Certain strains of the toxigenic dinoflagellate Alexandrium tamarense produce potent allelochemicals with lytic activity against a wide variety of marine microorganisms. Our efforts to characterize these allelochemicals from a lytic strain focused on the less polar components because of their higher lytic activity. Fractionation and partial purification after solid phase extraction (SPE) were achieved via alternative chromatographic methods, namely HPLC separation on C8 and HILIC phases. Through MALDI-TOF mass spectrometry we compared the mass differences in SPE, C8 HPLC, and HILIC fractions between a lytic and non-lytic strain of A. tamarense. Several large species with masses between 7 kDa and 15 kDa were found in the HILIC lytic fraction by MALDI-TOF MS. Tryptic digestion and tryptic digestioncoupled size-exclusion chromatography (SEC) suggested that the lytic compounds are large nonproteinaceous molecules (<23.3 kDa, trypsin). Although there is no direct proof that the large molecules found in the lytic HILIC fraction are responsible for the lytic activity of this fraction, the mass range deduced from SEC strongly supports this hypothesis. Total sugar content analysis showed that the lytic HILIC fraction contained two-fold more sugar than the non-lytic one. Nevertheless, the low percentage of saccharide per dry mass equivalent (0.18 +/- 0.01%) indicates that sugar residues are likely not a major component of the lytic compounds. We concluded that at least one group of lytic allelochemicals produced by A. tamarense comprise a suite of large non-proteinaceous and probably non-polysaccharide compounds between 7 kDa and 15 kDa.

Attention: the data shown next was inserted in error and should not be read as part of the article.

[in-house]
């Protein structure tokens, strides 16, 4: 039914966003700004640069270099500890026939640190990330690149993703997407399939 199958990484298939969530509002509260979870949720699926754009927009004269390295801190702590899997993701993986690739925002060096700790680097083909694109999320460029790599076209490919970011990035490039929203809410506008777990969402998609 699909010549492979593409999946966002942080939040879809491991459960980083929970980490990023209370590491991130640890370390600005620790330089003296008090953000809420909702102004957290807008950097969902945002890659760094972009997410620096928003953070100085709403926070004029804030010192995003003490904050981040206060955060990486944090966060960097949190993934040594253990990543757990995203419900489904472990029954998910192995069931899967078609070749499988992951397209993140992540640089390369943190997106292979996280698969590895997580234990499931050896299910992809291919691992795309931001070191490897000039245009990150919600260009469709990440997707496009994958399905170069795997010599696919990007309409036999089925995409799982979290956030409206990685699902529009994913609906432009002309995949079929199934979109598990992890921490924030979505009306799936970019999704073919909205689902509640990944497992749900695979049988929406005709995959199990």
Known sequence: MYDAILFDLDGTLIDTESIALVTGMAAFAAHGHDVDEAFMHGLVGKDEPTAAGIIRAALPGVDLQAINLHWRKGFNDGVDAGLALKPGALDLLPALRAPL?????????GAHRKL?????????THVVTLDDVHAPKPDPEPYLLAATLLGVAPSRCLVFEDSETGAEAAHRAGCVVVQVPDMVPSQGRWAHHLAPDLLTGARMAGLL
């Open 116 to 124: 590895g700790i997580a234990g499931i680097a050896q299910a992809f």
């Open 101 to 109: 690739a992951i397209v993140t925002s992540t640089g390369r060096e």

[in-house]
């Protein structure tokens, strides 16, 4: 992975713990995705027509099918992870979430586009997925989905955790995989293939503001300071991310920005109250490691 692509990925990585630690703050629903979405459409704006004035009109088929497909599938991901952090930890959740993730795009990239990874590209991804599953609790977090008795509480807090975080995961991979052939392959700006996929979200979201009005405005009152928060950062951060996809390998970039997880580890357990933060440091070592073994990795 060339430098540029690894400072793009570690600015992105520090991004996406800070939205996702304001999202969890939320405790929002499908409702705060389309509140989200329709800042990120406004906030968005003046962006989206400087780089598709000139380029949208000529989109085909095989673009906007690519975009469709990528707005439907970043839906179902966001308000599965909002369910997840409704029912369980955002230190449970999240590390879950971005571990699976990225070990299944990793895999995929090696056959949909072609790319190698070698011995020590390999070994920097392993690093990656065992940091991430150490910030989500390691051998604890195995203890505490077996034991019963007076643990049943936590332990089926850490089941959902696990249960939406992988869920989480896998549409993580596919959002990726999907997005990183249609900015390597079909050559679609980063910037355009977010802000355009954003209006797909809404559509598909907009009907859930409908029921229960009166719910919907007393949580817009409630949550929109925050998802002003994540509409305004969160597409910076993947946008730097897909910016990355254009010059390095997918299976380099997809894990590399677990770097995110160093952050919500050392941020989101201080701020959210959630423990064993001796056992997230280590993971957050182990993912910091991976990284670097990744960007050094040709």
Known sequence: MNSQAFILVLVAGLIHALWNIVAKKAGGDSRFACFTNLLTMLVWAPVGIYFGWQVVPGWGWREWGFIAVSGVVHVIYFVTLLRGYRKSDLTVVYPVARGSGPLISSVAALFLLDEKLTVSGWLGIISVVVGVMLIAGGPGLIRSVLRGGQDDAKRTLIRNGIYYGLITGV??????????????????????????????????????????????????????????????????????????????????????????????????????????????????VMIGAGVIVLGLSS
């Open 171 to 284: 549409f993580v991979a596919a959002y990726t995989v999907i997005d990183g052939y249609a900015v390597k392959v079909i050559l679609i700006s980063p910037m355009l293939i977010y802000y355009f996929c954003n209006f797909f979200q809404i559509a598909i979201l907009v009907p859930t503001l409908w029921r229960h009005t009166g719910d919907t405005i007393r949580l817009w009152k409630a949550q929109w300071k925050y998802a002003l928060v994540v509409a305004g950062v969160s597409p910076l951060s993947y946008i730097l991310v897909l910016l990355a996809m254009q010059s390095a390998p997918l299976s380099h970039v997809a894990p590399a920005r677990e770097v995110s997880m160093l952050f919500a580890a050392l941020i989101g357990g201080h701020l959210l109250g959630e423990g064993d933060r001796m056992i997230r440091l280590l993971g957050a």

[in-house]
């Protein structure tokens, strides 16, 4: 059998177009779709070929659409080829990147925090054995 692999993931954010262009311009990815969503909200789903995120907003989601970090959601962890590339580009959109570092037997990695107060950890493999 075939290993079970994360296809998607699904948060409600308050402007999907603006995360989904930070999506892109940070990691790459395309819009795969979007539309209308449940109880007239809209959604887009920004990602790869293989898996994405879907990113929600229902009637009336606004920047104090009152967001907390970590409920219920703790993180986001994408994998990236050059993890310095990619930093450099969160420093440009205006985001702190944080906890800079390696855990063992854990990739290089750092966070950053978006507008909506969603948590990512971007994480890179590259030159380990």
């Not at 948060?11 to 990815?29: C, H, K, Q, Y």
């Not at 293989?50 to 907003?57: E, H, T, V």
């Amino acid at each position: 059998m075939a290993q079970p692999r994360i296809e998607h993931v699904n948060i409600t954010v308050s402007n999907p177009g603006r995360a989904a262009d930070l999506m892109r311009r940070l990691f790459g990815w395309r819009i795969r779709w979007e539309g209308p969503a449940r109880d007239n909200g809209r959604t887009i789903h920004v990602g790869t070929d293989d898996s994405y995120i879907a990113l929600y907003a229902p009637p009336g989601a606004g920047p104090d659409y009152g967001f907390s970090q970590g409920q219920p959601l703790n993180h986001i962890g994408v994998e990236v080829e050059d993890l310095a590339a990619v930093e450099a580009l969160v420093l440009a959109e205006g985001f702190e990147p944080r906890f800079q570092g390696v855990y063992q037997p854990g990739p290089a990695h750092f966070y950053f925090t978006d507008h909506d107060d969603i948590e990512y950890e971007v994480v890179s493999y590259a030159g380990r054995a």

Helmholtz Research Programs > PACES I (2009-2013) > TOPIC 2: Coastal Change > WP 2.2: Integrating evolutionary Ecology into Coastal and Shelf Processes